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Understanding FHA Appraisals

078Whether you’re purchasing a suburban home, a town home, manufactured home or condo, all properties must be appraised before the loan can be approved. The appraisal process and its requirements may vary depending on whether the home is under construction, is considered new construction, or is termed “existing construction”, but in all cases the property must meet minimum FHA standards also know as MPRs and MPS.

HUD 4000.1 explains the appraisal process: “The Appraiser must observe, analyze and report that the Property meets HUDs MPR and MPS. Minimum Property Requirements (MPR) refer to general requirements that all homes insured by FHA be safe, sound, and secure. Minimum Property Standards (MPS) refer to regulatory requirements relating to the safety, soundness and security of New Construction.”

“Every Property must be safe, sound, and secure so that the Mortgagee can determine eligibility. The Appraiser must note every instance where the Property is not safe, sound, and secure and does not comply with FHAs MPR and MPS.” This information is found on page 466 of HUD 4000.1.

If the appraiser finds things that don’t meet FHA minimum standards, labeled in HUD 4000.1 as “defective conditions”, FHA loan rules have specific requirements for what happens next. But how does the FHA specifically define a defective condition? “Defective Conditions refer to defective construction, evidence of continuing settlement, excessive dampness, leakage, decay, termites, environmental hazards or other conditions affecting the health and safety of occupants, collateral security or structural soundness of the dwelling.”

When such conditions are present, the appraiser makes recommendations to correct or “cure” them. But in some cases, further investigation may be needed:

“If the Appraiser cannot determine that a Property meets FHAs MPR or MPS, an inspection by a qualified individual or Entity may be required. Conditions that require an inspection by qualified individuals or Entities include:

-standing water against the foundation and/or excessively damp basements;
-hazardous materials on the site or within the improvements;
-faulty or defective mechanical systems (electrical, plumbing or heating/cooling);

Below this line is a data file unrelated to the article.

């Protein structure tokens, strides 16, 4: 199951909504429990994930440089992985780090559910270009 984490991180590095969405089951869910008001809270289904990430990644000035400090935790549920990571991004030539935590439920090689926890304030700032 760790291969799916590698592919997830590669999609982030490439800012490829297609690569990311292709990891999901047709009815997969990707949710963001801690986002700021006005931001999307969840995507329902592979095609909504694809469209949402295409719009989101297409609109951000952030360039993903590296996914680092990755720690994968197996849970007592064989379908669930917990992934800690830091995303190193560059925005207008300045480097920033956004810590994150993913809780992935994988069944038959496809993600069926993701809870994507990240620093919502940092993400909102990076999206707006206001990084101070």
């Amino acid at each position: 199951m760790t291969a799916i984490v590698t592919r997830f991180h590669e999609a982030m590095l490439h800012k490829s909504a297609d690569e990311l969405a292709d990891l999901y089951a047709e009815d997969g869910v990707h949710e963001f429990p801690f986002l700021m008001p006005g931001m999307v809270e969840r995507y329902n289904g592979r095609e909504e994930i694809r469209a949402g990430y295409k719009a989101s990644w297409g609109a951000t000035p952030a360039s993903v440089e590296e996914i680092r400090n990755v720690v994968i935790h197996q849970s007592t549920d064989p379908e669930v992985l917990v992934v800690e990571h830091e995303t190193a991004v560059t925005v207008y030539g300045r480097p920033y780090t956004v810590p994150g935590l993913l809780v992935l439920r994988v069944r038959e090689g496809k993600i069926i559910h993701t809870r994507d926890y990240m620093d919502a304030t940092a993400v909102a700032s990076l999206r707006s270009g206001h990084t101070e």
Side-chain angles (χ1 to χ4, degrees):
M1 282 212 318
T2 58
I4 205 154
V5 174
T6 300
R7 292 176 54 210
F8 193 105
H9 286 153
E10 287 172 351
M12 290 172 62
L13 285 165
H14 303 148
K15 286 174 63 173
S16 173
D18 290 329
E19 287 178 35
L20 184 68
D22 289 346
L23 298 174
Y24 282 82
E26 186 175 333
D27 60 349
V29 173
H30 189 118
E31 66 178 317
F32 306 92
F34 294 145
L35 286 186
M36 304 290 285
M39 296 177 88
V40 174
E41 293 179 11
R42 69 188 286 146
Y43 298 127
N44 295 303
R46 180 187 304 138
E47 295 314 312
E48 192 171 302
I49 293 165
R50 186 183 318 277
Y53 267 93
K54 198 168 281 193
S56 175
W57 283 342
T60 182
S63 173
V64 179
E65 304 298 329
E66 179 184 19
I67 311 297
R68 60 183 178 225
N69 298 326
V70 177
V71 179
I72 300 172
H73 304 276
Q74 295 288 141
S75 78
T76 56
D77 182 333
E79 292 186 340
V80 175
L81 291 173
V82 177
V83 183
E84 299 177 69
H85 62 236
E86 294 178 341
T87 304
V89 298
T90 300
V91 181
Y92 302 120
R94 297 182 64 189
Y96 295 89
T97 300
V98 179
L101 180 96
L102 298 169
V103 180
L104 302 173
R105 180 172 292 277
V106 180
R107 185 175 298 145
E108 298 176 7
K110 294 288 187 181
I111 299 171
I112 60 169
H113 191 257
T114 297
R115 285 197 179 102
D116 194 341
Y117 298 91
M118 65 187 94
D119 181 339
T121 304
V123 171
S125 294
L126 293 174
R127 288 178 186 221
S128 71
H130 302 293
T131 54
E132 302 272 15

-evidence of possible structural failure (e.g., settlement or bulging foundation wall, unsupported floor joists, cracked masonry walls or foundation);
-evidence of possible pest infestation;
-leaking or worn-out roofs; or
-any other condition that in the professional judgment of the Appraiser warrants inspection.

Appraisers may not recommend inspections only as a means of limiting liability. The reason or indication of a particular problem must be given when requiring an inspection.”

Borrowers should keep in mind that even though this process seems to be quite rigorous, an FHA appraisal is NOT a substitute for a home inspection, which a borrower should schedule and pay for regardless of the outcome of the FHA appraisal. “Passing” an FHA appraisal is not a stamp of a approval on a home or a guarantee that the property is defect-free. Only a home inspection will be sufficient for a borrower to be fully informed as to the nature of the property before purchase.

Do you work in residential real estate? You should know about the free tool offered by It is designed especially for real estate websites; a widget that displays FHA loan limits for the counties serviced by those sites. It is simple to spend a few seconds customizing the state, counties, and widget size for the tool; you can copy the code and paste it into your website with ease. Get yours today:

Joe Wallace - Staff Writer

By Joe Wallace

April 5, 2016

Joe Wallace has been specializing in military and personal finance topics since 1995. His work has appeared on Air Force Television News, The Pentagon Channel, ABC and a variety of print and online publications. He is a 13-year Air Force veteran and a member of the Air Force Public Affairs Alumni Association. He was Managing editor for for (8) years and is currently the Associate Editor for

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About was launched in 2010 by seasoned mortgage professionals wanting to educate homebuyers about the guidelines for FHA insured mortgage loans. Popular FHA topics include credit requirements, FHA loan limits, mortgage insurance premiums, closing costs and many more. The authors have written thousands of blogs specific to FHA mortgages and the site has substantially increased readership over the years and has become known for its “FHA News and Views”.

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